One last set of comments:  If, during the launch process, anyone should worry about these latches and hinges “rattling around” a lot, under shock and vibration forces, possibly making (shock and vibe) matters worse, then here is a potential solution to that:  Add glue seams between these latches (at their edges) and the overlapping seal-flanges of the nozzle extension wall.  Formulate the glue to degrade under heat.  When the rocket is used in orbit (plus also during the heat of re-entry), the glue will heat and degrade.  Thus, the joints are firm during launch, but free so swivel and swing during retropulsive uses later, at sea level.

            Some small magnets could also be placed as described above (at the glue-seam locations)…  Either complementary magnets embedded into both surfaces, or, if at least one of the surfaces is made of ferrous metal, then one could get away with only one set of magnets.  A good analogy would be to the magnets embedded into a pet door for cats and dogs.  The magnets would have to be appropriately sized…  They would add “hysteresis” to the gate-opening function, thereby cutting down on “chatter”.  Magnets could be used with or without glue being used as well.

            This concludes the “idea number 1”, concerning perforating the nozzle extension with one-way-flow gas valves.  Now we move on to idea #2, which is to totally discard the nozzle extension after the final de-orbiting burn.


Details for Discarding the Entire Nozzle Extension


            The basic design described here is analogous to an old-style wooden barrel (the same type as has been commonly used to age whiskey in).  Instead of many-many wooden staves, divide the extension nozzle into 3, 4, or 5 segments…  Let us pick 4 segments for the drawings here.  Instead of heavy steel bands (as in a wooden barrel), let us use rope or cable.  Rope is more light-weight than steel (or other metal) cable, but will be less heat-resistant…  So here, we will describe options for using either rope or cable, to do the job done by steel dual bands in a wooden barrel.  That job, of course, is to compress the “staves” together to form a cylinder or barrel…  In our case, the barrel is the nozzle extension.

            In all design variations described here, the outer rim of the (solid, not segmented) base nozzle will be made “ribbed” to meet (couple to) a complementary formation of the inner rim of the segmented nozzle extension.  This calls for a simple drawing to illustrate this idea.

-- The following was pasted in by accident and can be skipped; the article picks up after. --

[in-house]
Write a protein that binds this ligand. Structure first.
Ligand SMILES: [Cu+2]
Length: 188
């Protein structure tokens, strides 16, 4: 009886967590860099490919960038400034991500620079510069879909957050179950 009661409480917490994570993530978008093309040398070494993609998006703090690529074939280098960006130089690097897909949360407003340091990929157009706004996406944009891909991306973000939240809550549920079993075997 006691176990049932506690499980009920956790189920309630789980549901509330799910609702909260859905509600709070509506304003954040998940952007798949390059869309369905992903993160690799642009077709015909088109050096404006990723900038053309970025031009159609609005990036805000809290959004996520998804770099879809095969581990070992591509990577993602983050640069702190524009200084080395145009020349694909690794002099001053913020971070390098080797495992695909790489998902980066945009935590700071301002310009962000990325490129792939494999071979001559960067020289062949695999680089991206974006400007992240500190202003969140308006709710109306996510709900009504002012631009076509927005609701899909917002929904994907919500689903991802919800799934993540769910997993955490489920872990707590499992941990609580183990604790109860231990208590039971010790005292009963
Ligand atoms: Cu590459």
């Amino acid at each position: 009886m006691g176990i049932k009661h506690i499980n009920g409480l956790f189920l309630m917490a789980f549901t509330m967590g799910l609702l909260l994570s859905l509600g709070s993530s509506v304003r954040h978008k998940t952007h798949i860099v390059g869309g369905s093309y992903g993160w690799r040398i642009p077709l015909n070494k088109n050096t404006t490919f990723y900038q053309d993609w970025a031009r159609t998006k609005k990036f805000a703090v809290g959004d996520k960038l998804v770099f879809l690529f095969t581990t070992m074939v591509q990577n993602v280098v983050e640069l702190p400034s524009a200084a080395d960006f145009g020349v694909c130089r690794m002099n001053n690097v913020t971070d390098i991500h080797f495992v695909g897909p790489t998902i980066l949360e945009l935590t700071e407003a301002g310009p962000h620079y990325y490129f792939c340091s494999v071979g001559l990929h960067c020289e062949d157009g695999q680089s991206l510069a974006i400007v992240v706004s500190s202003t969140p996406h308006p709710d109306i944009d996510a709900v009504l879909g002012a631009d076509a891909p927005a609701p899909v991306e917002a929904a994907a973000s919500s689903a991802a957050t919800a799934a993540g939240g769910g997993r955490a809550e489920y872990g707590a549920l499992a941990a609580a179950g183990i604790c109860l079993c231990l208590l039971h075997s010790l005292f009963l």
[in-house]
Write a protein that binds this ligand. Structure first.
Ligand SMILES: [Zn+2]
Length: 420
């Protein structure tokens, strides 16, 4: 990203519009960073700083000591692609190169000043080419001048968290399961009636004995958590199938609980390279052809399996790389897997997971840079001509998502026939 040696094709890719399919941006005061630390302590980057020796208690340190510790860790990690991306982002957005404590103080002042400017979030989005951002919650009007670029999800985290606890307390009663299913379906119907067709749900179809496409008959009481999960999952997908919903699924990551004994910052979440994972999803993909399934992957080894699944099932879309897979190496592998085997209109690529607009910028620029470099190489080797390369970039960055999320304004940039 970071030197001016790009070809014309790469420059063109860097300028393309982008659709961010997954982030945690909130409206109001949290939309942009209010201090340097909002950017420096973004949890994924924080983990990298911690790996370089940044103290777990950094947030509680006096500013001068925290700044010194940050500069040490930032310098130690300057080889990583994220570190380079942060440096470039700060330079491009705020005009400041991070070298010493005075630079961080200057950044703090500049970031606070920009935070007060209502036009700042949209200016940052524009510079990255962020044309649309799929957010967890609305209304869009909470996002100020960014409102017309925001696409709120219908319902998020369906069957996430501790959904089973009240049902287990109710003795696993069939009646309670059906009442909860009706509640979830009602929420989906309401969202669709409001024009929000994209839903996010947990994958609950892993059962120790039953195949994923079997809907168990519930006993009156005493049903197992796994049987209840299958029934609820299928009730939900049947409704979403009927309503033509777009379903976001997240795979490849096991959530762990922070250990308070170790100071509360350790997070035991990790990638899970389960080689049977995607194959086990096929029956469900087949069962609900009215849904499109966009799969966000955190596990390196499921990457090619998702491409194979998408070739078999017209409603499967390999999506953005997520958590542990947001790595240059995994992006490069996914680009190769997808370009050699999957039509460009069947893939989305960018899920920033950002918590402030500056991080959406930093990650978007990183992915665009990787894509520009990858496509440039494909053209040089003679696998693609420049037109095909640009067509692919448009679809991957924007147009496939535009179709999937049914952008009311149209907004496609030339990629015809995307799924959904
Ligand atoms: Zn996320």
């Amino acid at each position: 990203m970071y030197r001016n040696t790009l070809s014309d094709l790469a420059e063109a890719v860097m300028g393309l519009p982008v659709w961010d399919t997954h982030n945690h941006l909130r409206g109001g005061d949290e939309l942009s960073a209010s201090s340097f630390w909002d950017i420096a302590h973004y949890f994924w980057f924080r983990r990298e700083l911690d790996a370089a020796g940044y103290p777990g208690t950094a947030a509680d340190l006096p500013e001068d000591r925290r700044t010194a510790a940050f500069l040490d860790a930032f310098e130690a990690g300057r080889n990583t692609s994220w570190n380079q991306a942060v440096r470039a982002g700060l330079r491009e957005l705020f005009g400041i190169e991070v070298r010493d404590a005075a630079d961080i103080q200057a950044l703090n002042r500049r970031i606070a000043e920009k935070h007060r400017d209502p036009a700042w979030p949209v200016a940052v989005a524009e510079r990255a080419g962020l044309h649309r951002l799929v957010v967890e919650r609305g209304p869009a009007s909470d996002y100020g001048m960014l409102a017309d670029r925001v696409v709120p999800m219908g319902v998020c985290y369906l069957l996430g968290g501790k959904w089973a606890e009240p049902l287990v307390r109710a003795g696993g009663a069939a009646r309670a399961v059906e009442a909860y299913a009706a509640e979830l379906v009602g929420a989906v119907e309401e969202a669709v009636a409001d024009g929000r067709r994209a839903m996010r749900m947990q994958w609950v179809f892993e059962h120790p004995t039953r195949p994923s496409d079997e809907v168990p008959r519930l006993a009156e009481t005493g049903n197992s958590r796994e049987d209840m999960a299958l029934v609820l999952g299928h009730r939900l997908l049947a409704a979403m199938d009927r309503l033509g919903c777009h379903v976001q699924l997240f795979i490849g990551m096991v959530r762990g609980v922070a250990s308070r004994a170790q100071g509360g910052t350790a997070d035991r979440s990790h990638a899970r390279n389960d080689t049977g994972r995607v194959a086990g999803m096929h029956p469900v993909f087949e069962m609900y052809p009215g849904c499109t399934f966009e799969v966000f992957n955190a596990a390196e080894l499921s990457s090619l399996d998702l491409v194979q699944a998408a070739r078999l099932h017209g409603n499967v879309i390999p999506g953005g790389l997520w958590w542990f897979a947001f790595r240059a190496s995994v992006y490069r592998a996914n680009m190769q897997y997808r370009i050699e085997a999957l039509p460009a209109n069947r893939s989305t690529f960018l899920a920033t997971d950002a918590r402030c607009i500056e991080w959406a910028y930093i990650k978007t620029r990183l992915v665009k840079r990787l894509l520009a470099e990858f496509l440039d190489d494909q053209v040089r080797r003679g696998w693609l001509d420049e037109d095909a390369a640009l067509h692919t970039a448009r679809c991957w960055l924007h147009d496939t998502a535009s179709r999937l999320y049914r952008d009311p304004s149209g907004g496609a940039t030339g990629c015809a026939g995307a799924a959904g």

Figure #5


            The ribbed arrangement shown above (in conjunction with dual constriction bands as described earlier) should be strong enough for mechanical integrity.  The mating surfaces might best be roughened up to increase bonding friction.  Acid etching might be used to accomplish this.  As mentioned under method #1, we could also use a glue formulated to degrade under heat.  However, whatever-all methods are used to strengthen the bonds, we do NOT want to over-do it…  We want the bonds to fail, and the “barrel staves” (segments of the nozzle extensions) to fall away before, or during, re-entry into the atmosphere.

            The next drawing is simply for showing the approximate locations of the constriction bands.


Figure #6


            The next drawing simply shows an aft view (or a view of the outer rim of the nozzle extension) so as to illustrate a tongue-and-groove method of coupling the staves together.  The tongue-and-groove joints should run the entire lengths of the sides of these “barrel staves”.


Figure #7


            If the constriction bands are made of metallic cables, then such cables should be able to be manufactured to be heat-resistant.  Thus, there is no need to thermally insulate them.  They can be strung through metal loops that are integrated into the structures of the “barrel staves”, on the outsides of the staves.  The cables are tightened, then spliced end-on-end with cables clamps or any other suitable method.  All of this scarcely deserves a drawing.